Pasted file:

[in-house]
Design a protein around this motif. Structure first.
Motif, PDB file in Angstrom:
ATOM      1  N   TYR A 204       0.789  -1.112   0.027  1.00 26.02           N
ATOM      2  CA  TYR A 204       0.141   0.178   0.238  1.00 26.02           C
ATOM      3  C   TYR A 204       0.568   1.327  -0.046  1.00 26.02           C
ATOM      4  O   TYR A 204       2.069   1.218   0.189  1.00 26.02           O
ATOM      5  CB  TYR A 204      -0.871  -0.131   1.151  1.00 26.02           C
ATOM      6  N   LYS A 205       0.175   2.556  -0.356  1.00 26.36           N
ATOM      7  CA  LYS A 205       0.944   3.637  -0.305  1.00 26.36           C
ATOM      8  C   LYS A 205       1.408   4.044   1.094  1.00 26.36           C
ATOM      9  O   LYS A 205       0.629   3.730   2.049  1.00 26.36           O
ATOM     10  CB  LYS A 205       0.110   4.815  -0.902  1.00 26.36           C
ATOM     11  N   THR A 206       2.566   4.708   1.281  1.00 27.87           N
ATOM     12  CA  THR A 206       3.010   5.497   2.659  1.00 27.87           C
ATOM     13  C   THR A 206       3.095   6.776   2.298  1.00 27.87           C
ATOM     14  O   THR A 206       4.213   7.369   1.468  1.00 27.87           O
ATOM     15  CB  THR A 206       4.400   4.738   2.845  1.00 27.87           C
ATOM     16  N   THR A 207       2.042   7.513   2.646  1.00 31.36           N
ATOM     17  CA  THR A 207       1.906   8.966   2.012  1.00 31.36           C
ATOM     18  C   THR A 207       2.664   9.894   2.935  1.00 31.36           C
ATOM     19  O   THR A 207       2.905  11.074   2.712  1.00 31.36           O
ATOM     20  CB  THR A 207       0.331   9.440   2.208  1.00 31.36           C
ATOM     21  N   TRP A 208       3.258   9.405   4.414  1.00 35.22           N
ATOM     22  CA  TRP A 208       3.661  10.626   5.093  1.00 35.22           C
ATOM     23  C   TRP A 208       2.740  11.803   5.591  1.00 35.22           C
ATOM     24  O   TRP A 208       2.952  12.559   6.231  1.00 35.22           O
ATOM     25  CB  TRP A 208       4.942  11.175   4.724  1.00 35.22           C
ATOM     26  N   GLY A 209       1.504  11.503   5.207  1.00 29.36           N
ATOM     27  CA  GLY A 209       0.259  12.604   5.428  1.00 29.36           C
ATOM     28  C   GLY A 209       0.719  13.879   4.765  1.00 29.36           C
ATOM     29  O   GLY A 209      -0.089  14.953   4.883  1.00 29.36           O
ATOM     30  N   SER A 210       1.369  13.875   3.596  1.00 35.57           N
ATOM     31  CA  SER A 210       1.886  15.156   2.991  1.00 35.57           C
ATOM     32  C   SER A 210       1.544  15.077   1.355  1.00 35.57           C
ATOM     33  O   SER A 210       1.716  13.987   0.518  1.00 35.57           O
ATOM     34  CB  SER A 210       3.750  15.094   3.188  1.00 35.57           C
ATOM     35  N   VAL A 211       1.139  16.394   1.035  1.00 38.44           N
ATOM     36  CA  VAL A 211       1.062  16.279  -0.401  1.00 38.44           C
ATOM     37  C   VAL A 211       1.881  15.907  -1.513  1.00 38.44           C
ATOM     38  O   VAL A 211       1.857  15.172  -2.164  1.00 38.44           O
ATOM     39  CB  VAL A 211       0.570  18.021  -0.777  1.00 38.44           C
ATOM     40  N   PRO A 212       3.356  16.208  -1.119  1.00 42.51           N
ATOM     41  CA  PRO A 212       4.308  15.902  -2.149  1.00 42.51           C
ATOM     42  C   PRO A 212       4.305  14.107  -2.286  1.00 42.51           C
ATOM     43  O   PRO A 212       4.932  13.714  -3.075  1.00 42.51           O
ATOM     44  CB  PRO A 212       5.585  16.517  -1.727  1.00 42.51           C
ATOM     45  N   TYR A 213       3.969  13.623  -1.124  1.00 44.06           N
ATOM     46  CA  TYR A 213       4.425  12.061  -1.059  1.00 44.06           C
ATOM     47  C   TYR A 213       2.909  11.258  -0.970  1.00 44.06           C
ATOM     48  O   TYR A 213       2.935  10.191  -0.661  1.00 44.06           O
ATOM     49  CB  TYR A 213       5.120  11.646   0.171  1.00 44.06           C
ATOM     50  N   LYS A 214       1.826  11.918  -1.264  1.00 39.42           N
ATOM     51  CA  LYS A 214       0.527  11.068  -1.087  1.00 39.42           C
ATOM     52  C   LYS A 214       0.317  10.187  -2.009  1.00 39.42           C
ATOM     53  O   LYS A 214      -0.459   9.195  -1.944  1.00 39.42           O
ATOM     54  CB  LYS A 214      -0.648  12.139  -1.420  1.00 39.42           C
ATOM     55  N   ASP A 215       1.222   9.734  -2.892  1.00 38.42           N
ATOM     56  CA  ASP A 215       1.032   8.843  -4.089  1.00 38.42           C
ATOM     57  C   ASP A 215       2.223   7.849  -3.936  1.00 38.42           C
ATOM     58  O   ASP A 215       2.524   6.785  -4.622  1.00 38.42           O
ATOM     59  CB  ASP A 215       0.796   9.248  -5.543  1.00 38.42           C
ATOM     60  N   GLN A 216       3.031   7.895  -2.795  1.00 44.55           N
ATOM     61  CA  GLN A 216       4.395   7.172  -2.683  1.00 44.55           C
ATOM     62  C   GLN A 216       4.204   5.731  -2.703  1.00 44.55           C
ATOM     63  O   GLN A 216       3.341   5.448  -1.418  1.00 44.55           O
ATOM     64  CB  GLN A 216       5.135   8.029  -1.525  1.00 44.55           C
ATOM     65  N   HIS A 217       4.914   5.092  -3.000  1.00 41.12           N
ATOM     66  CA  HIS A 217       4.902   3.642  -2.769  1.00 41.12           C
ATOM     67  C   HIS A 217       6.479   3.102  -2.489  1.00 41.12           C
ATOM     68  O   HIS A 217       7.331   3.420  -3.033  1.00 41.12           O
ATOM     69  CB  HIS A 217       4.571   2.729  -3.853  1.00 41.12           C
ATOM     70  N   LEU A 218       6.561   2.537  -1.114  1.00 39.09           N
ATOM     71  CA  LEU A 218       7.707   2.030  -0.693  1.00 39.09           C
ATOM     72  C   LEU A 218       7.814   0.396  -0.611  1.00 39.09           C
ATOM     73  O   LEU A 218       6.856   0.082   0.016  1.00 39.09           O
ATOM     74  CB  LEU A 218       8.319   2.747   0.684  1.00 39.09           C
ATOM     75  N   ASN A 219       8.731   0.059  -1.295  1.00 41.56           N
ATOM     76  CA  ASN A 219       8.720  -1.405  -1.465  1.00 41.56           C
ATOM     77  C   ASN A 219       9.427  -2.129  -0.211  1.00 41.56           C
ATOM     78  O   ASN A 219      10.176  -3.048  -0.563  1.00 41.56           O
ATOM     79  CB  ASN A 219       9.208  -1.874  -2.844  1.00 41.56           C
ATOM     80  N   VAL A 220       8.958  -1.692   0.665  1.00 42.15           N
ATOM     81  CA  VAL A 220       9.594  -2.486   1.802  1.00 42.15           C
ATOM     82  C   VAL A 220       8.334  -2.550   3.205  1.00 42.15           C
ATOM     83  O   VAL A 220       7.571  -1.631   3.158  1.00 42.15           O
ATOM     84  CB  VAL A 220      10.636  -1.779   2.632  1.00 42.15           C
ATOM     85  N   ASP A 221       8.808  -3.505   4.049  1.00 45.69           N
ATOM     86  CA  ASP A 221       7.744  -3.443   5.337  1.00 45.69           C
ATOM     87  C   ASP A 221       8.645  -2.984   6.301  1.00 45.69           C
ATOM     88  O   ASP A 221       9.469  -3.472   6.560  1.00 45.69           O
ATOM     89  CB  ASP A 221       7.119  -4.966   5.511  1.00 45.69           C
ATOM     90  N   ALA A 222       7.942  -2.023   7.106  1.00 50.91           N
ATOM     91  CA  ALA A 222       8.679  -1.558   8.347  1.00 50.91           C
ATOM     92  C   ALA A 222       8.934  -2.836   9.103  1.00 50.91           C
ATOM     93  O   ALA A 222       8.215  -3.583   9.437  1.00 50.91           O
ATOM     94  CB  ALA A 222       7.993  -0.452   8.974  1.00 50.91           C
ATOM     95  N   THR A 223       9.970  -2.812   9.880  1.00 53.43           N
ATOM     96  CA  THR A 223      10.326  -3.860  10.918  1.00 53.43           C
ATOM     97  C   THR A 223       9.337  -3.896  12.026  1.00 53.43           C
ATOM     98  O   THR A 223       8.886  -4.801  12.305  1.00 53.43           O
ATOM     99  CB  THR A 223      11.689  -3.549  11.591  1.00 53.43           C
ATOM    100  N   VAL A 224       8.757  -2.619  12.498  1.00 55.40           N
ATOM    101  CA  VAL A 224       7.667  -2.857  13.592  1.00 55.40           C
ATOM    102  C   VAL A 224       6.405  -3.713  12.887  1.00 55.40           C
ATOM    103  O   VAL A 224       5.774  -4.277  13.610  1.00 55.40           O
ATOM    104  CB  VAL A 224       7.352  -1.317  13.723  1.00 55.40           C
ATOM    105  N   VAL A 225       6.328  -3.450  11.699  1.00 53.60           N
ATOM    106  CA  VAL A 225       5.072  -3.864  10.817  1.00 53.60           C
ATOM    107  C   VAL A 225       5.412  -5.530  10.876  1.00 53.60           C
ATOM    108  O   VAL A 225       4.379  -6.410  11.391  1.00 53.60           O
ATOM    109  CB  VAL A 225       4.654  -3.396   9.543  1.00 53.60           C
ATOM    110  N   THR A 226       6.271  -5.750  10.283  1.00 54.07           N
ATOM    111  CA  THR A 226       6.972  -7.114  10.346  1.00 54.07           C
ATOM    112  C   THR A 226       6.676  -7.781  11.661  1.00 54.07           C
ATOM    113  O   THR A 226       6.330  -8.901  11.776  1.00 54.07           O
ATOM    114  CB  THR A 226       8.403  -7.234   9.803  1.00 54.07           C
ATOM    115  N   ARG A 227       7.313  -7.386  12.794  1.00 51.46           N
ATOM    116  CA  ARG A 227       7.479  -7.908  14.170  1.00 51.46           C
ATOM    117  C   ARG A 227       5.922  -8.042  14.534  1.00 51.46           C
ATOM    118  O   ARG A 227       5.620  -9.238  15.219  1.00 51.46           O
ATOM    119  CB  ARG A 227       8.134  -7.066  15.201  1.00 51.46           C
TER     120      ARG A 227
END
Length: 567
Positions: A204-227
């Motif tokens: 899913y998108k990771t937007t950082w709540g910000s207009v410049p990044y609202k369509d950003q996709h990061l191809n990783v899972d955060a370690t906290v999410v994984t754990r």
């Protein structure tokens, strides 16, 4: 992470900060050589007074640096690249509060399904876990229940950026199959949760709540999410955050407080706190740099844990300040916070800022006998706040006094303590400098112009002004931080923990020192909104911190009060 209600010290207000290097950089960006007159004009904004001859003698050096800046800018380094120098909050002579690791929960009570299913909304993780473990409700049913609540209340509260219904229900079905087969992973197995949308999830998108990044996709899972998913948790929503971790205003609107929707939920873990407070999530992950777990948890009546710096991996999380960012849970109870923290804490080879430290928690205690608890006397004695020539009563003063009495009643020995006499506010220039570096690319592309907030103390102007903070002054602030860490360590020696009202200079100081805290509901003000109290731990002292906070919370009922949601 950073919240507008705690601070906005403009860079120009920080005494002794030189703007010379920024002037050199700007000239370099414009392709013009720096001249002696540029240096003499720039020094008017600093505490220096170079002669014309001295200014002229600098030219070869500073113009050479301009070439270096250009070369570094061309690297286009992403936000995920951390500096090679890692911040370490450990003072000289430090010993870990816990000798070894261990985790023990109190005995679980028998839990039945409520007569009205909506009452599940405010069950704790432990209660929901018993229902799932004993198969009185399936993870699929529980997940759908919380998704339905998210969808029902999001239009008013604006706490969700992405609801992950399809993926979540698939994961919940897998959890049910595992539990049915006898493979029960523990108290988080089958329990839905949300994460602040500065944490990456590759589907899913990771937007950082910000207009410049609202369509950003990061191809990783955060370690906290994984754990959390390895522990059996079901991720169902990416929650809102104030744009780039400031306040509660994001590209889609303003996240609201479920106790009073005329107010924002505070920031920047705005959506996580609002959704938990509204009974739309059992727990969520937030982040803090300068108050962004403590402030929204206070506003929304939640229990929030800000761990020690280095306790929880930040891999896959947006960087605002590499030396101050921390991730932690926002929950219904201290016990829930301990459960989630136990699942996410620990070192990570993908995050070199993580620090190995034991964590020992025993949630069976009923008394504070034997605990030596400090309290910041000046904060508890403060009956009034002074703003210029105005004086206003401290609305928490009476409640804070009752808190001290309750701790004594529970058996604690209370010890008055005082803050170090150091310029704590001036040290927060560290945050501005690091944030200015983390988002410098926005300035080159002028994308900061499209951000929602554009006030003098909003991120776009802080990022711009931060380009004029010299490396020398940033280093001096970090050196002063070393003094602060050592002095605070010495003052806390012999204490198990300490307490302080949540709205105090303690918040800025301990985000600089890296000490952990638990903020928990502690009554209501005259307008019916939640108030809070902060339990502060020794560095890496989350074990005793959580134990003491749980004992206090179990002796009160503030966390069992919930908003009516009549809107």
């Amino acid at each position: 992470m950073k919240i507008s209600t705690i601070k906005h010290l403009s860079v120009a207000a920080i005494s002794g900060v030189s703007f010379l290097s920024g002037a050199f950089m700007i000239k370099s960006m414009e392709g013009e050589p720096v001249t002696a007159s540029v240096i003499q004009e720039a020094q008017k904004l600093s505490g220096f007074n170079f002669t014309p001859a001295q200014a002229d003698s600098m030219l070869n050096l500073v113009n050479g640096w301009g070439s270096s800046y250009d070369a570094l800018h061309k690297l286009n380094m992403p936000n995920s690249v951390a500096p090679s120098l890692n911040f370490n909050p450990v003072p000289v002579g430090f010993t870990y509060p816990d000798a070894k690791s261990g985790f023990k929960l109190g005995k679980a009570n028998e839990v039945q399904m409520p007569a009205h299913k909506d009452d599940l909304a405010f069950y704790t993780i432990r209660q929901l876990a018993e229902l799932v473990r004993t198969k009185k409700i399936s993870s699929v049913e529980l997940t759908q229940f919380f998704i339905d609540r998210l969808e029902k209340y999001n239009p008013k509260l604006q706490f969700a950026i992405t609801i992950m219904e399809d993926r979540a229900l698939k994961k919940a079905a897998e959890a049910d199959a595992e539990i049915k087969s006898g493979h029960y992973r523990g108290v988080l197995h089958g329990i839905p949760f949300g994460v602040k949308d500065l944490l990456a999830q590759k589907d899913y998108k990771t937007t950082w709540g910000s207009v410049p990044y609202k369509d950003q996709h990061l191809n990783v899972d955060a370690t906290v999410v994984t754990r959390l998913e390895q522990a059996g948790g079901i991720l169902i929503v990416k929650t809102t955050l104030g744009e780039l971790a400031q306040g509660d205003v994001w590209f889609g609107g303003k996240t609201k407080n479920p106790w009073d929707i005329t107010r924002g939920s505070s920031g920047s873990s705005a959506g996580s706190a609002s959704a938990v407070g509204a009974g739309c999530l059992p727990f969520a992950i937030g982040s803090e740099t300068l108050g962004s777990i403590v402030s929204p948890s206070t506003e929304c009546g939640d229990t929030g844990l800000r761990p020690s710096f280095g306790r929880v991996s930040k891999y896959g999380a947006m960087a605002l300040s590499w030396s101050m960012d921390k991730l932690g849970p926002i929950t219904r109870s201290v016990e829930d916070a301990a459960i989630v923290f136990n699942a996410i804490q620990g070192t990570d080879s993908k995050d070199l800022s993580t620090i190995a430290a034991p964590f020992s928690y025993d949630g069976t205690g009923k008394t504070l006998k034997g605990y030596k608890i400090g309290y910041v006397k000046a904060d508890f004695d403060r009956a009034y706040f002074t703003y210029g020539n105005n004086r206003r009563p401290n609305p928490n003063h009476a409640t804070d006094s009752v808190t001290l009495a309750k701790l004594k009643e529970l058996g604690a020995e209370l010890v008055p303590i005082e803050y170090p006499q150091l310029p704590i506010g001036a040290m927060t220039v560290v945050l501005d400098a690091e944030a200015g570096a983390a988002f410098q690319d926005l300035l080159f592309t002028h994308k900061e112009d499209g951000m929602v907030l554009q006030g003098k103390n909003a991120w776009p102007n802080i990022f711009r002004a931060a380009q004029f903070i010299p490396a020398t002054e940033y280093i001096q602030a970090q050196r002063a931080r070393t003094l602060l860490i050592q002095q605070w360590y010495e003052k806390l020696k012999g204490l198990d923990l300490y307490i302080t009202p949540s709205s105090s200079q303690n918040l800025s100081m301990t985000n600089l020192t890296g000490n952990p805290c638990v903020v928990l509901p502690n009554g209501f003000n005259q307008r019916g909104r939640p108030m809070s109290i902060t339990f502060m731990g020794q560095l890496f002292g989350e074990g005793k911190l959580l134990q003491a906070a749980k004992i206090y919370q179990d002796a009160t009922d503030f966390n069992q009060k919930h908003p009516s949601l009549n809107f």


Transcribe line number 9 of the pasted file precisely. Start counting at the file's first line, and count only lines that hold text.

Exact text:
ATOM      6  N   LYS A 205       0.175   2.556  -0.356  1.00 26.36           N